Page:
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Contested Past, Contested Present: Social Memories and Human Rights in Post-Communist Europe. March 4-6, 2015

Contested Past, Contested Present:
Social Memories & Human Rights in Post-Communist Europe

A conference organized by the IAS Reframing Mass Violence Collaborative

buchenwald memorial himka crop

Wednesday, March 4, at 7:30pm
Best Buy Theater, Northrop

Bringing the Past Back to Light: The Reception of the Holocaust in Post-Communist Europe
Keynote Lecture by John-Paul Himka (University of Alberta).
Welcome: Barbara Frey (Collaborative Co-Chair)
Introduction: Evelyn Davidheiser

Thursday, March 5
1210 Heller Hall

9:00am Welcoming Remarks
Dean John Coleman, invited; Alejandro Baer (Collaborative Co-Chair)

9:30-11:30am Session 1: Competing Images of the Past: Stalinism vs. Nazism
Lars Breuer (Free University of Berlin): “Victimhood in Vernacular Memory in Germany and Poland”
Matti Jutila (University of Minnesota): “Constructing Genocidal Marxism in Post-Communist Europe”
Respondent: Alejandro Baer (University of Minnesota)


Download: audio, small video, or original.

1:30-3:30pm Session 2: Accounting for the Past: Truth and Justice in the former Yugoslavia
Sarah Wagner (George Washington University): “Recognizing Srebrenica’s Missing: The Sociopolitics of Forensic Intervention”
Jelena Subotic (Georgia State University): “The Mythologizing of Communist Violence”
Thomas C. Wolfe, (University of Minnesota): “History, Truth, and Method: Comments on Forensics and Justice”
Respondent: Barbara Frey (University of Minnesota)


Download: audio, small video, or original.

4:00-5:45pm Session 3: The Ukraine Conflict: Contested Past, Contested Present
John-Paul Himka (University of Alberta): “The History behind the Regional Conflict in Ukraine”
George O. Liber (University of Alabama – Birmingham): “The Ukrainian Revolution of 2013-2015 and the Russian Response.”
J. Brian Atwood (University of Minnesota): “The US Perspective on the Regional Conflict.”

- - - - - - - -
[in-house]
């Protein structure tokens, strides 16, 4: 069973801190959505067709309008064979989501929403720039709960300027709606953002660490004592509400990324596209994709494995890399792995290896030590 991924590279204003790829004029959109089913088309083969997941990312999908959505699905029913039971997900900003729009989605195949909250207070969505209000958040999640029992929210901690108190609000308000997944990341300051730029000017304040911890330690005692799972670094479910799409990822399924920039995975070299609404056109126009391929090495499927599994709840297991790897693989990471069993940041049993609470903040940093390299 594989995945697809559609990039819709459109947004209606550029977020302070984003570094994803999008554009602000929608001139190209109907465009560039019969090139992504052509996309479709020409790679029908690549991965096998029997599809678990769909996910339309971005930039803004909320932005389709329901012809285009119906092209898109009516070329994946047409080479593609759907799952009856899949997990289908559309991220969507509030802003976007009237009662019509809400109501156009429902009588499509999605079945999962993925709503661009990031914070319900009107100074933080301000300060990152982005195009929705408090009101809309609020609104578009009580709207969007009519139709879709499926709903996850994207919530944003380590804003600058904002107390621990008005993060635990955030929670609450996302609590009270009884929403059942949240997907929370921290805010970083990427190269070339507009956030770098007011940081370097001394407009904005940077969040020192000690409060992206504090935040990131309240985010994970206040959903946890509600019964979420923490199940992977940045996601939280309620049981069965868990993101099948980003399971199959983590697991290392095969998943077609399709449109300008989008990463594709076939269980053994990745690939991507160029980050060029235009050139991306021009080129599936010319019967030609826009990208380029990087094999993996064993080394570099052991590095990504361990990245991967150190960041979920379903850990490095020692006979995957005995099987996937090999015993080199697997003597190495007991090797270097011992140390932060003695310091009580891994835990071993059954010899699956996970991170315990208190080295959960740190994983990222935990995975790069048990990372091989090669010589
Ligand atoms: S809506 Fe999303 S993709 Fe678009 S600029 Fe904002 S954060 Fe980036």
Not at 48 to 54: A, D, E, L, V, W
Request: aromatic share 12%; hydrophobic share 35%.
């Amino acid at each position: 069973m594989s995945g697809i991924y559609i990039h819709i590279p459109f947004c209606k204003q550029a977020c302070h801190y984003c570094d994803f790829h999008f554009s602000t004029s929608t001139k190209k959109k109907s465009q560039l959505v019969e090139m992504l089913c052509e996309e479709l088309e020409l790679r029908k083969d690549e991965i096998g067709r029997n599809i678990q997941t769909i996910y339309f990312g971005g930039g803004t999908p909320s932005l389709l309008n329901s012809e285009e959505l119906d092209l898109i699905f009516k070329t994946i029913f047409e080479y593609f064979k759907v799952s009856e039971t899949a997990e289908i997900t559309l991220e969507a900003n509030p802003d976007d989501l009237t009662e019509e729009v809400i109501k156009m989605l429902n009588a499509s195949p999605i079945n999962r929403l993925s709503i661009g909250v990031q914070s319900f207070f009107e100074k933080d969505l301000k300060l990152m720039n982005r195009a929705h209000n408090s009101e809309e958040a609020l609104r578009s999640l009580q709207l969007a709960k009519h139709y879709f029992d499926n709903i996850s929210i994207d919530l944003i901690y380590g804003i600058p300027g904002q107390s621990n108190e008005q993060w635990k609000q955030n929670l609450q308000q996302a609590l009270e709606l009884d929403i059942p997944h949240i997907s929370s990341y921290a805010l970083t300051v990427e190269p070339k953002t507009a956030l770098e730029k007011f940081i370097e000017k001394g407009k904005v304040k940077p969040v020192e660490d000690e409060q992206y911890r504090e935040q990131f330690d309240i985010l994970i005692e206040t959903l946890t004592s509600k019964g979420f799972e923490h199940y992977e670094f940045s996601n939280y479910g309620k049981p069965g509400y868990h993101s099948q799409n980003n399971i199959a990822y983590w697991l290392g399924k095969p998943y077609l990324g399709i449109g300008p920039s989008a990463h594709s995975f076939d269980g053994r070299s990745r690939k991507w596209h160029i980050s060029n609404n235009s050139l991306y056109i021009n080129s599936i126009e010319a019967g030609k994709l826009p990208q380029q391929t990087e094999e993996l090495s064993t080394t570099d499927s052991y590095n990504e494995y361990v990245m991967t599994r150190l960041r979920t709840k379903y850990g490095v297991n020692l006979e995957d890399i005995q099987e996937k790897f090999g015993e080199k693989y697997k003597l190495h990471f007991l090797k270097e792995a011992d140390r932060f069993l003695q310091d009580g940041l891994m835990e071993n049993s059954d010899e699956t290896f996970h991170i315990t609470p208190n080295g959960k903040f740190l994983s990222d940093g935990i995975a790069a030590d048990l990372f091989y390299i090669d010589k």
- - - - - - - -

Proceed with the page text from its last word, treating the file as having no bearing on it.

Respondent: Mary Curtin (University of Minnesota)

Friday, March 6
1210 Heller Hall

9:00-11:00am Session 4: Law and Memory in Transition
Ryan Moltz (University of Minnesota): “Lustration in the Former Yugoslavia”
Adam Czarnota (UNSW Australia): “Collective Memories and Post-Communist Legal Institutions”
Nadya Nedelsky (Macalester College): “The Struggle for the Memory of the Nation: Slovakia’s Confrontation with its Competing Pasts” (note: Prof. Nedelsky’s talk is not included in footage)
Respondent: Joachim Savelsberg (University of Minnesota)


Download: audio, small video, or original.

11:30am-1:00pm Session 5: The Arts and the Politics of Representation
Michal Kobialka (University of Minnesota): “Of Contested Pasts and Contested Presents: Tadeusz Kantor’s Theatre and the Politics of Representation”
Margarita Kompelmakher (University of Minnesota): “Universality from the Margin? Performing the Explicit Body in the Belarus Free Theater’s Trash Cuisine”
Respondent: James Dawes (Macalester College)


Download: audio, small video, or original.

1:00pm Concluding Remarks

This conference is organized by the IAS Reframing Mass Violence Collaborative, which explores the particular developments and transnational entanglements of social memories in societies revisiting their legacies of dictatorship, state terror, and grave human rights violations. In the Collaborative’s second year, the focus is on post-Stalinist Europe and the contemporary processes of re-interpretation and re-framing of a) the atrocities themselves and b) the transitional justice models that were adopted in their aftermaths.

Sponsored by the Human Rights Program and the Center for Holocaust and Genocide Studies. Cosponsored by the Institute for Global Studies, Center for Austrian Studies, Department of Political Science, Department of History, Center for Jewish Studies, and the European Studies Consortium.

boris sveshnikov
Untitled 1951 oil on linen by Boris Sveshnikov

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3 Comments

  1. Event Review: International Symposium “Reframing Mass Violence: Social Memories and Human Rights in Post-Communist Europe” | The Center for Holocaust & Genocide StudiesDecember 12, 2015 at 10:13 amReply

    […] of the Holocaust in post-Communist Europe, especially its legacies in Poland and Ukraine. OnThursday and Friday, sessions covered different aspects of contested memories in post-Communist European countries, […]

  2. Louisa HextFebruary 28, 2015 at 10:29 amReply

    How do you register for this conference? Thank you.

    • Aaron Victorin-VangerudMarch 2, 2015 at 8:45 amReplyAuthor

      Try contacting Rochelle Hammer, coordinator of the UMN Human Rights Program, at hamm0229@umn.edu.

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